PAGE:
field placement | a reflection.

Its been over two weeks now since I graduated and ended my time at the field placement site I had been interning at my final semester of senior year. I have been deeply missing my site these past couple weeks and I realized that despite my best efforts, I still have not sat down to write about my experience there. So I thought that in the midst of missing the place I had the complete privilege of calling, “my field placement site” last semester, I would finally sit down and write about it.

For my senior capstone requirement, I decided I would go the field placement route (or at least, that was my first choice). There’s a rather long process full of interviews, waiting, and uncertainty before being accepted into field placement, and after applying and being accepted, more interviews await. After interviewing and not receiving an offer from my top choice site, I then got an interview at one of my other top choice sites, which is the one I ended up being offered, and the offer I soon ended up accepting. I did my field placement at a local retirement community in my university’s town (for the sake of this blog being public to the world, I’m not going to use its name, just to err on the side of being extra cautious).

One of the primary reasons I put this site as one of my top three choices on my application was because of my grandfather – he has primary progressive aphasia which is a rather rare form of dementia that significantly impairs a person’s ability to produce and comprehend speech. My grandpa is my favorite person on the planet and having had personal experience being alongside him through his ‘cognitive decline’, I knew in my heart this placement site could be a great fit for me, and not only that, but I thought it could help me learn how to love him better. I can say with full confidence that it did both, and I cannot imagine having the field placement experience anywhere else.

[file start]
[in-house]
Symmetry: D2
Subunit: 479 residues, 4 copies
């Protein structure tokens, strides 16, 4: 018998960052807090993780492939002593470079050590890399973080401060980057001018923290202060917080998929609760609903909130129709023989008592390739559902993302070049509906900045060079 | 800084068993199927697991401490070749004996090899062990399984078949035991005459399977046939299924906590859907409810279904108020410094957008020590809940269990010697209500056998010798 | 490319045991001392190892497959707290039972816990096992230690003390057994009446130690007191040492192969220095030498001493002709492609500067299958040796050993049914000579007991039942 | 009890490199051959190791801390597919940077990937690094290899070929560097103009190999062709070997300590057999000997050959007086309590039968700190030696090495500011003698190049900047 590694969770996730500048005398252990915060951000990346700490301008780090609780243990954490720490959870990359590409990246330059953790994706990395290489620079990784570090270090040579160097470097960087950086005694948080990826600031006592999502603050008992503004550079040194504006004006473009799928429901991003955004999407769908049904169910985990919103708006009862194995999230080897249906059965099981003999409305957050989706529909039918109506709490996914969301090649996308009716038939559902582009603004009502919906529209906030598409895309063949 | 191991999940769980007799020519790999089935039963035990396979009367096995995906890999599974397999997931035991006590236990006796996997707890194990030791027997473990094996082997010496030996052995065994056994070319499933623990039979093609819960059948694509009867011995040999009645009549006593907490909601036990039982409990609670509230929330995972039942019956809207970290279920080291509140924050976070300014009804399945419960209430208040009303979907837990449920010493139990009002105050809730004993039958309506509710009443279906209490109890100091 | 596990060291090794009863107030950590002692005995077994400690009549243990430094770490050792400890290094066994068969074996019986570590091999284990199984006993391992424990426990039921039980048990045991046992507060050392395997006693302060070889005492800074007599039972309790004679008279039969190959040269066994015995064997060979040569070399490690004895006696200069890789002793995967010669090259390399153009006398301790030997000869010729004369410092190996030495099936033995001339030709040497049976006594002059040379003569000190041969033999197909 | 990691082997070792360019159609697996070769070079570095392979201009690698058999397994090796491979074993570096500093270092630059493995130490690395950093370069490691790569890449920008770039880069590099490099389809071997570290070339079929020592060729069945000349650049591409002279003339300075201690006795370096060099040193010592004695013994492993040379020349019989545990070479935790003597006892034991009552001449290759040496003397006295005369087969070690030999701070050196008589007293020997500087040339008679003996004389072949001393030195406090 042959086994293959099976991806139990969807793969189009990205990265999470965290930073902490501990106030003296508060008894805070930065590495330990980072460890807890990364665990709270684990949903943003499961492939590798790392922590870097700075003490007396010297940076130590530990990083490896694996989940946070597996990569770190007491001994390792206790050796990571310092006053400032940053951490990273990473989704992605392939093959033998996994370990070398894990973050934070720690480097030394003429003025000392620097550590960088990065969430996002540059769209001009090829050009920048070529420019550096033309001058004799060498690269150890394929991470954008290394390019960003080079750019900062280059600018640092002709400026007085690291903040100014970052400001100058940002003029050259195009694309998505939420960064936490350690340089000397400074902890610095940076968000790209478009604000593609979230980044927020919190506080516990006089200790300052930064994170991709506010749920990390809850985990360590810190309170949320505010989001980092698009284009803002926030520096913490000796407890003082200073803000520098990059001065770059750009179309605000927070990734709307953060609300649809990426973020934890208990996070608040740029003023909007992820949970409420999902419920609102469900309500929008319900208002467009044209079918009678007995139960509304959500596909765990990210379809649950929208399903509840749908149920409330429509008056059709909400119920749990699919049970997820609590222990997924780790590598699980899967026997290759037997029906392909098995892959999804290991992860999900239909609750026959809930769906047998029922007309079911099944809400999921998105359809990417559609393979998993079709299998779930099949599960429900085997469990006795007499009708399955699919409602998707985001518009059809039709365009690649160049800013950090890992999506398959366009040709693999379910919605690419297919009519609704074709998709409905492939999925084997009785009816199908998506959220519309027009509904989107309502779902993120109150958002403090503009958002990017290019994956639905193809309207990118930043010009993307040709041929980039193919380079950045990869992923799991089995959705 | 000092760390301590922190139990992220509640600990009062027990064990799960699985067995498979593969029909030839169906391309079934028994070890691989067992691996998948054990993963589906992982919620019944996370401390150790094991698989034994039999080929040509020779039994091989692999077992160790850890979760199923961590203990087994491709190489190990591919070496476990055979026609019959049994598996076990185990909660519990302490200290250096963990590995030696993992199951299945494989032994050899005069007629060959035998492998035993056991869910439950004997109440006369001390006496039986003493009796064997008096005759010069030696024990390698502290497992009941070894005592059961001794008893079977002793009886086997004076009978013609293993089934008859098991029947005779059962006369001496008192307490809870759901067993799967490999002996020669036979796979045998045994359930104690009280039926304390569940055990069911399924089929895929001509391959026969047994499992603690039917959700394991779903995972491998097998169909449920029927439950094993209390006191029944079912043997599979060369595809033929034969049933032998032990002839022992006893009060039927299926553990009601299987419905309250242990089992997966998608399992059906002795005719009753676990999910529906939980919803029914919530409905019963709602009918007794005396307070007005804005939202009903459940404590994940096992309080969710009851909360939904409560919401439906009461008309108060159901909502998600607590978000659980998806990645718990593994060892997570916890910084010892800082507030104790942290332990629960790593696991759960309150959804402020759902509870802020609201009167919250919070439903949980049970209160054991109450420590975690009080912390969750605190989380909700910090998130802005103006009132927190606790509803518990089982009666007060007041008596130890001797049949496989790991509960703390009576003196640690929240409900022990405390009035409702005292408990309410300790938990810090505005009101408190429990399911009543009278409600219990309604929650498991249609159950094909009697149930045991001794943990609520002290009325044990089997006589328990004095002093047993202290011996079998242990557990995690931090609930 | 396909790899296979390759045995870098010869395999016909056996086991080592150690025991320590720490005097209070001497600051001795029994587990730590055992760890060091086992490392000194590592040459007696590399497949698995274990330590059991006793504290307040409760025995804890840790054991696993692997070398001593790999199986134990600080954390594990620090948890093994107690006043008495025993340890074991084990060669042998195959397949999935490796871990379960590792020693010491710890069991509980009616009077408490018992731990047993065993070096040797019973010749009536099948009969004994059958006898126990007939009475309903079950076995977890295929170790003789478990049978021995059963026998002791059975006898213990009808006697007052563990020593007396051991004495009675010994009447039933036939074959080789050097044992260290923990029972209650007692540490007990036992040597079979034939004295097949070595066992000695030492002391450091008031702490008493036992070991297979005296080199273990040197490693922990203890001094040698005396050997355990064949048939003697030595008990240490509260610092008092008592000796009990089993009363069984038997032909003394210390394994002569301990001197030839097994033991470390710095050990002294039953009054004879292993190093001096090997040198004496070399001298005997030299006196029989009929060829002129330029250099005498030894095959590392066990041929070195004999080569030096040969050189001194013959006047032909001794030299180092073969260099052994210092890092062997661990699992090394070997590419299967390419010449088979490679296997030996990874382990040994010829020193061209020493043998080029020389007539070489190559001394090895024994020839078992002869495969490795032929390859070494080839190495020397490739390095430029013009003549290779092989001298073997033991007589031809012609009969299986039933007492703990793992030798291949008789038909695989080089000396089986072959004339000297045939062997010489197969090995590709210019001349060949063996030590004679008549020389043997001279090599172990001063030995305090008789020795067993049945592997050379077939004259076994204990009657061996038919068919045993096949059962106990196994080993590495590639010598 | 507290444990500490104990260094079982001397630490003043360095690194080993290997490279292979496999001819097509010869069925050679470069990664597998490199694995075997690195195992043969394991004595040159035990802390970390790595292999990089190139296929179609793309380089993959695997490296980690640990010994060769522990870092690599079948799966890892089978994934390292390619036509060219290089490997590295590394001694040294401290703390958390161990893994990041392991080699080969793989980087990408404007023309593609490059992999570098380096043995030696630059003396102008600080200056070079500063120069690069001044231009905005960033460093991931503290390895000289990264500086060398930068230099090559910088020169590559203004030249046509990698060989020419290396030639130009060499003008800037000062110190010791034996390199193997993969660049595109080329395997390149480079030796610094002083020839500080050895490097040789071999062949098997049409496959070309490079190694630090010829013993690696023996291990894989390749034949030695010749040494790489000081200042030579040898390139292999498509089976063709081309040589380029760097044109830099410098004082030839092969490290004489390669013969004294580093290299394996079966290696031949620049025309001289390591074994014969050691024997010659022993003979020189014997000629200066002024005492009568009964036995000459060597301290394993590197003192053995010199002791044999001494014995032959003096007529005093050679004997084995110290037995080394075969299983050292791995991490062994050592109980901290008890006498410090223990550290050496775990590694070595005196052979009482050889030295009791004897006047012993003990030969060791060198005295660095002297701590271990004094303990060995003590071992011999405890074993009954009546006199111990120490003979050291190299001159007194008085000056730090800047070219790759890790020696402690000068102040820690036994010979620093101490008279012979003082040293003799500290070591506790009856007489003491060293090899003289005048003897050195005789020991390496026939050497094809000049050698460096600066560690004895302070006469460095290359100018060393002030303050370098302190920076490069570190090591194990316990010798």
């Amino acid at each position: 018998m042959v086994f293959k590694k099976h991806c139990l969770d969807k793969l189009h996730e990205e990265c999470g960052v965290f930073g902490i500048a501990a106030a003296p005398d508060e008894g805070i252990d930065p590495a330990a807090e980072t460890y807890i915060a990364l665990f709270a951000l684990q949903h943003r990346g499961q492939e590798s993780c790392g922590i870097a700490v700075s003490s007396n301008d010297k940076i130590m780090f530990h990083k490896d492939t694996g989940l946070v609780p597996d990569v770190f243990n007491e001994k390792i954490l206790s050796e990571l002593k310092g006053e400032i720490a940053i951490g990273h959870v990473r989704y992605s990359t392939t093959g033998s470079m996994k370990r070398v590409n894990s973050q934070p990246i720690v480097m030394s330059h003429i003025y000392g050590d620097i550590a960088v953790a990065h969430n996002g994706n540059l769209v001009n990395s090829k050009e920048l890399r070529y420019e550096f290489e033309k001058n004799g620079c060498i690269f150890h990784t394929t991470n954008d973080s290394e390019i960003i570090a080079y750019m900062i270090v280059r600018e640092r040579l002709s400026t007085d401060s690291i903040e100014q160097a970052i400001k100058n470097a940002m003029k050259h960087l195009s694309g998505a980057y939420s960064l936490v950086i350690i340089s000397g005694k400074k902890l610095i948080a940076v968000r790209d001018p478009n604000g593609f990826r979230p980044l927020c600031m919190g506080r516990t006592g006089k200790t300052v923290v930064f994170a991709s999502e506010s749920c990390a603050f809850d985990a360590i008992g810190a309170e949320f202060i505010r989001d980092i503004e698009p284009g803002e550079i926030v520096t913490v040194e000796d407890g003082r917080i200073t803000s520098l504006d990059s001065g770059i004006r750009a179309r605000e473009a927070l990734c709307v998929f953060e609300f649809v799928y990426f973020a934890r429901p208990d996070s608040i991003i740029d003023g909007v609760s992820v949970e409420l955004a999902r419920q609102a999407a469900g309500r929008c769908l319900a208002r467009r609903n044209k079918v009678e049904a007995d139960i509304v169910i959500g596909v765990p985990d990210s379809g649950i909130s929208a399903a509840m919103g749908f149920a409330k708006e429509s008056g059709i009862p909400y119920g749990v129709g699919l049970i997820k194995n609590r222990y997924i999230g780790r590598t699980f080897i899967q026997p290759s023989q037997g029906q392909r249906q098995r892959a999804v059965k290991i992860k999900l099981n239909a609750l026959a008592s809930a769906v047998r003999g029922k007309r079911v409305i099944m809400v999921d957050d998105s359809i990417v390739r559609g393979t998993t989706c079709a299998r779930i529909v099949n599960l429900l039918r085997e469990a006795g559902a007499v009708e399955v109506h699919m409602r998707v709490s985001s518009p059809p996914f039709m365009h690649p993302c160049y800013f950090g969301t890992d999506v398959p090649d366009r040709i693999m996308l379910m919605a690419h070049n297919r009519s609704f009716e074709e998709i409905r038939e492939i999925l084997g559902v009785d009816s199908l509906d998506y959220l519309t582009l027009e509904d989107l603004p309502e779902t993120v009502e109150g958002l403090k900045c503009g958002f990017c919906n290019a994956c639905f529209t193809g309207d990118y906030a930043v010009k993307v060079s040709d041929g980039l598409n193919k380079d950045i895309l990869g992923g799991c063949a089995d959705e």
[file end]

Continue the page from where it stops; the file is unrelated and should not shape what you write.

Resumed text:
This retirement community that I interned at houses around 700 individuals ranging from independent living, to assisted living, all the way to complete living care. I interned in the complete living care unit which houses approximately 80 residents, most of whom have various types of neurodegenerative diseases such as Alzheimer’s, aphasia, and dementia. I worked primarily in the life enrichment office, which, you guessed it – seeks to enrich the lives of residents in complete living care.

This field placement allowed me to combine my love for psychology and for ministry in a variety of ways, for which I am very grateful. I was able to have a wide range of opportunities and responsibilities and in addition to working within the life enrichment office, I also had the joy of working alongside the chaplains as well, given my interests. I helped lead Bible studies each week, I administered cognitive assessments which test the residents vision as well as their ability to comprehend and produce speech. I helped lead Sunday worship, led crafts and various activities, did many one-on-one visits with residents, entered their activity logs into their data system, went on visits with the chaplains, and also helped with remembrance services for residents who had passed away.